Following Sifu McKinley, Rene Ritchie spoke on training progressions in the Sum Nung system. Covering much the same material as in previous Friendship Seminars, Rene began with proper stance placement as taught in the Sun Nung system. After learning to root the body, participants were given a progression to train "linking" and "de-linking" energy within the body and structure. The progression began with a redirection of an opponent's punch by using a laahp sau motion. After gaining some proficiency with the motions, the punching partner was given a way to counter the grab by "de-linking" his punching energy and structure and changing it to a bong sau. Variations on this exercise were also provided.

Sifu John Crescione spoke once again Saturday night covering Dim Mak in Wing Chun. The material presented was an overview of major Dim Mak classification systems combined with an exercise on aim. Sifu Crescione has conducted two workshops on Dim Mak and the material presented at the Friendship Seminar was an introduction to the same material in less than two hours. Supporting his lecture were notes detailing major acupuncture points for Dim Mak as well as the energy cycles in the body through the organs as defined in Traditional Chinese Medicine.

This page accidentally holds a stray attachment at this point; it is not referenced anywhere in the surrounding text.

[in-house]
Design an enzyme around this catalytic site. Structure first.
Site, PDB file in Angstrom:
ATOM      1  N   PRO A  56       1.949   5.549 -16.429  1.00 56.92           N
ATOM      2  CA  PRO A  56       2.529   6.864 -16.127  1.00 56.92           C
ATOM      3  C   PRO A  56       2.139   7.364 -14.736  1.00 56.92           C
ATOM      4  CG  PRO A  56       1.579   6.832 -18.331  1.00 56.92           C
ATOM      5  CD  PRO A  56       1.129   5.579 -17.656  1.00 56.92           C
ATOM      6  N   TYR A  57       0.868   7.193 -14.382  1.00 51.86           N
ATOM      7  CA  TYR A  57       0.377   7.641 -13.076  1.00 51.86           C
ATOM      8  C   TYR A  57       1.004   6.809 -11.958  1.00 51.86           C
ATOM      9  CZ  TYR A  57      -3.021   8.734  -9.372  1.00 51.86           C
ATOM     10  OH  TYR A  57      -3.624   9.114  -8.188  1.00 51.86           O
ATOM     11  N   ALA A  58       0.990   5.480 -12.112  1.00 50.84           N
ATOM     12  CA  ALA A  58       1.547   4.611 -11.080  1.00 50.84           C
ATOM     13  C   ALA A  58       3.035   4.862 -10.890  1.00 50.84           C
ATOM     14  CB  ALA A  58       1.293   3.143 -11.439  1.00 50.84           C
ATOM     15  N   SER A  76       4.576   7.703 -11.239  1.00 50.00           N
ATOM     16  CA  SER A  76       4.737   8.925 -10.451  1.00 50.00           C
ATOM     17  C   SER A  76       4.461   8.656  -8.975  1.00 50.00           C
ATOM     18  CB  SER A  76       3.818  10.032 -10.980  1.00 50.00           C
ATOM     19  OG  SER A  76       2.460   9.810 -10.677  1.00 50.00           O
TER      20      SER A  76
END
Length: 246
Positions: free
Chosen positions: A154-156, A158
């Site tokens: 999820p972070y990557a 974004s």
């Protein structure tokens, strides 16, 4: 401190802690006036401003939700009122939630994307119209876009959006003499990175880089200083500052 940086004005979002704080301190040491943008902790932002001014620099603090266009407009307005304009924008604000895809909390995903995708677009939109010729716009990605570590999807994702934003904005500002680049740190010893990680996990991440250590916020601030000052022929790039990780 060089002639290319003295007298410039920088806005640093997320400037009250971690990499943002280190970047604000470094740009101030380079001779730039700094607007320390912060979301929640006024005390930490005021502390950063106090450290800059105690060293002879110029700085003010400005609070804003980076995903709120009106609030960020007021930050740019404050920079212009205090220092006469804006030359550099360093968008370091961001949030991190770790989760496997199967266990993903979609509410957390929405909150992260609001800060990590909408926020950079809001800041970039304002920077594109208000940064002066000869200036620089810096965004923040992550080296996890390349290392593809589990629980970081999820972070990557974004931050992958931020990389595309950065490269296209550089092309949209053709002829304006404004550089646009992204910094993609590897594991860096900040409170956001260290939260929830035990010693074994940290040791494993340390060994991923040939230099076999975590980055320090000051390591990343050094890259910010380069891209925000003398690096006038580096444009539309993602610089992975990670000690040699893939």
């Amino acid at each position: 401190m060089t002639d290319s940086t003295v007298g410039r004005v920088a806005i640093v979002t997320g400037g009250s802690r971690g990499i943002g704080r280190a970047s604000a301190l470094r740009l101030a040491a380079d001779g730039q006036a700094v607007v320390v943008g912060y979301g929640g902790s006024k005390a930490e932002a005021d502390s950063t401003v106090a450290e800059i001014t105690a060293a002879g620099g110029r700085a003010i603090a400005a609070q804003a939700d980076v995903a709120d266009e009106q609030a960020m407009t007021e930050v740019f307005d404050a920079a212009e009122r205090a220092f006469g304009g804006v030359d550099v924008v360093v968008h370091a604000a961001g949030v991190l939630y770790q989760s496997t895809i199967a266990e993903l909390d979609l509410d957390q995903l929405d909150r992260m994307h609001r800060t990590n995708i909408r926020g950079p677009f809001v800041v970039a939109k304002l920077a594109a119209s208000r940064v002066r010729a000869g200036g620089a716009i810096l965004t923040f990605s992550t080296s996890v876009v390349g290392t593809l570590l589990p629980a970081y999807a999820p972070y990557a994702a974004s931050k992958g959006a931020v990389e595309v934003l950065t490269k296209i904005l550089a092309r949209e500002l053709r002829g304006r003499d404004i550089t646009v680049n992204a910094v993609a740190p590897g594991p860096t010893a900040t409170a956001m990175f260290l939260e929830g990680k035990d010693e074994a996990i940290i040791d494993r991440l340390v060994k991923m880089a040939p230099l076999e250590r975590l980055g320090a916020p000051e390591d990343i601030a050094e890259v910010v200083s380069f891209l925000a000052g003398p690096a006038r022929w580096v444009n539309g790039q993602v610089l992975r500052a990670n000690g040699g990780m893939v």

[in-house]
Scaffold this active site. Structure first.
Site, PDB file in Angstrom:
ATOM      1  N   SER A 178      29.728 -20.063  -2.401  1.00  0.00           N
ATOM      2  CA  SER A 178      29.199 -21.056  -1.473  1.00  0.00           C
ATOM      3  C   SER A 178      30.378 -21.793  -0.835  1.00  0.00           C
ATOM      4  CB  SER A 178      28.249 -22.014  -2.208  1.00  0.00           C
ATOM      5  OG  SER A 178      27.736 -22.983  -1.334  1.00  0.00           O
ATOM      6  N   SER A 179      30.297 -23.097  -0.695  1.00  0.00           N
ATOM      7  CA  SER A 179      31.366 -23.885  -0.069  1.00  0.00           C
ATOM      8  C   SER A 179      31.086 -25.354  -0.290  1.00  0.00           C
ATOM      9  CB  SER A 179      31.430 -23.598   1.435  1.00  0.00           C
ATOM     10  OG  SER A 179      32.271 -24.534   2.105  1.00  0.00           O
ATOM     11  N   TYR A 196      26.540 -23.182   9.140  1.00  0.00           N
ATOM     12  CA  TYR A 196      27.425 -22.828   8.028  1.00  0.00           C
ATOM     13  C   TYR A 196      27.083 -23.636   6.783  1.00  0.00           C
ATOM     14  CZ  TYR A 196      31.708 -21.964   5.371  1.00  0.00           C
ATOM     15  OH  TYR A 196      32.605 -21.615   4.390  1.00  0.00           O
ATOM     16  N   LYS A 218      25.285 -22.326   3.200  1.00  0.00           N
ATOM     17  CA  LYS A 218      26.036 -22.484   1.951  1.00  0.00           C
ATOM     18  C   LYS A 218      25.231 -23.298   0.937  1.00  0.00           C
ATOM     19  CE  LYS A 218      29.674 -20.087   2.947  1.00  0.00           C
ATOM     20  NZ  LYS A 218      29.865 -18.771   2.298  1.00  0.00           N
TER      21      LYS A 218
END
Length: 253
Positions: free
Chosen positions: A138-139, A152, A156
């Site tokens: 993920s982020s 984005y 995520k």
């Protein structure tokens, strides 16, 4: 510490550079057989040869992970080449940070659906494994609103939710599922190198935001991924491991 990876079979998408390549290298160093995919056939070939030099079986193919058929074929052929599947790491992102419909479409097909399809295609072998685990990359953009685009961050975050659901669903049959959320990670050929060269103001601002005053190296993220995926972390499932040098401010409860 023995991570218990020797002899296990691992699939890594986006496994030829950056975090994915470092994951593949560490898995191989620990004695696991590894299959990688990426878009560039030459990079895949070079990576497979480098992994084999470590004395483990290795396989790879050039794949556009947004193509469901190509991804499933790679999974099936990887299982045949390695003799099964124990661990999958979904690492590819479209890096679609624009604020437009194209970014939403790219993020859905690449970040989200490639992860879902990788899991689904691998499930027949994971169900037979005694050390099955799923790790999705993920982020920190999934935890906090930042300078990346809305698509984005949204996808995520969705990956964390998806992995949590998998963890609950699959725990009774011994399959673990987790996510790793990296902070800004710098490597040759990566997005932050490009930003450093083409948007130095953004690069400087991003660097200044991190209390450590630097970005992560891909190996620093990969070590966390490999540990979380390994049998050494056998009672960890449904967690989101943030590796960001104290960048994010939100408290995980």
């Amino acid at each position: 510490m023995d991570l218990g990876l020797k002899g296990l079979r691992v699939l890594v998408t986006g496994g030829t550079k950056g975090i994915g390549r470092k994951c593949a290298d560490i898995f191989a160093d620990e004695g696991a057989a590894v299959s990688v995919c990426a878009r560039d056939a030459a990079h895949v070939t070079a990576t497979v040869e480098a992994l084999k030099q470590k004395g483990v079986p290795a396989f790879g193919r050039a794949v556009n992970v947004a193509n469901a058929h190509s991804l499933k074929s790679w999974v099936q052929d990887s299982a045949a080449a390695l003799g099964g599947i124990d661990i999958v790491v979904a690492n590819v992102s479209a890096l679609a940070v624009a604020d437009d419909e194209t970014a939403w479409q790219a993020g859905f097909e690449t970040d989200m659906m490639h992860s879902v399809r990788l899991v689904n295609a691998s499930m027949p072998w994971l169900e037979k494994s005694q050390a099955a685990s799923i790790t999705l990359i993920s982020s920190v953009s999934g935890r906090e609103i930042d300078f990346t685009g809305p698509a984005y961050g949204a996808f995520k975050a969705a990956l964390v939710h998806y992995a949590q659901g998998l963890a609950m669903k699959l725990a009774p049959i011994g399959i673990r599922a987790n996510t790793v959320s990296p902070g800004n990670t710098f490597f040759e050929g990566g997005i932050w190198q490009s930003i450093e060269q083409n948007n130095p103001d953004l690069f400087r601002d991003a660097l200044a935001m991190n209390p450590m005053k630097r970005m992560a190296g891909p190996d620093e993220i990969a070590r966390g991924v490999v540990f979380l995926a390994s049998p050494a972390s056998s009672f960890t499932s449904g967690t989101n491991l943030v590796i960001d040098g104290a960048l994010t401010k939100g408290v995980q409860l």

Sifu Crescione's talk ended the first day's workshop activities. The group went out to dinner and several participants continued discussing Wing Chun late into the night.

Friendship Seminar Report
Los Angeles, CA
Second Day (in the morning)

Sifu Robert Chu conducts a regular class for his students on Sunday mornings. Participants of the Friendship Seminar were invited to attend that morning's class. During the class, Sifu Chu covered his approach to Chi Sau, iron palm liniment recipes, his views on internal and external martial arts, and his usage of the term "Wandering Knight"

The Friendship Seminar proper began Sunday with Dave McKinnon and Dzu Ngyun talking about Wing Chun structure as taught by Sifu Robert Chu. In the Chu method, there are four tests used to demonstrate linked body structure. The first test on one's structure is from Yih Ji Kihm Yeuhng Mah. While holding one's horse, a partner places pressure on one's chest by pushing with one hand. One is seeking to link the body and prevent being pushed off-balance. The second stance test involves standing in a side stance with both arms in the laahn sau position as taught in the Yip Man lineage. The partner will pull on the arms. One is seeking to maintain a root and connection to the ground. The third test involves the same stance, with the partner pushing on one's arms. The last structure test using the side stance and a bong sau as trained in the second form of the Yip Man lineage.